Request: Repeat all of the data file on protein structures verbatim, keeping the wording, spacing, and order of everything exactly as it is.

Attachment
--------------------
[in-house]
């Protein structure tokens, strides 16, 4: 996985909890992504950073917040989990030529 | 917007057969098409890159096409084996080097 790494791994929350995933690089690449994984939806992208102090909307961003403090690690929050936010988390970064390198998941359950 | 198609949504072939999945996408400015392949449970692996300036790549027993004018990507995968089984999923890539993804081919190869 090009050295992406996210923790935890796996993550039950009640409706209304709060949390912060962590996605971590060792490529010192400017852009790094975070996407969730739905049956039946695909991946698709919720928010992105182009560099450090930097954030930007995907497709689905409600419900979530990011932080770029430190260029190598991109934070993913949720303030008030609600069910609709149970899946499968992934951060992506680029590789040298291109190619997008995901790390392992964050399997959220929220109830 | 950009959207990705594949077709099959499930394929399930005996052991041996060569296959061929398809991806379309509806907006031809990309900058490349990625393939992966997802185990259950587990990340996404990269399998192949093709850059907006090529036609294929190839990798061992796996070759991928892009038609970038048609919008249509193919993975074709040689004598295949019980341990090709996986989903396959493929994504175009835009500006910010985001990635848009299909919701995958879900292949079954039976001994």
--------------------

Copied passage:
[in-house]
């Protein structure tokens, strides 16, 4: 996985909890992504950073917040989990030529 | 917007057969098409890159096409084996080097 790494791994929350995933690089690449994984939806992208102090909307961003403090690690929050936010988390970064390198998941359950 | 198609949504072939999945996408400015392949449970692996300036790549027993004018990507995968089984999923890539993804081919190869 090009050295992406996210923790935890796996993550039950009640409706209304709060949390912060962590996605971590060792490529010192400017852009790094975070996407969730739905049956039946695909991946698709919720928010992105182009560099450090930097954030930007995907497709689905409600419900979530990011932080770029430190260029190598991109934070993913949720303030008030609600069910609709149970899946499968992934951060992506680029590789040298291109190619997008995901790390392992964050399997959220929220109830 | 950009959207990705594949077709099959499930394929399930005996052991041996060569296959061929398809991806379309509806907006031809990309900058490349990625393939992966997802185990259950587990990340996404990269399998192949093709850059907006090529036609294929190839990798061992796996070759991928892009038609970038048609919008249509193919993975074709040689004598295949019980341990090709996986989903396959493929994504175009835009500006910010985001990635848009299909919701995958879900292949079954039976001994």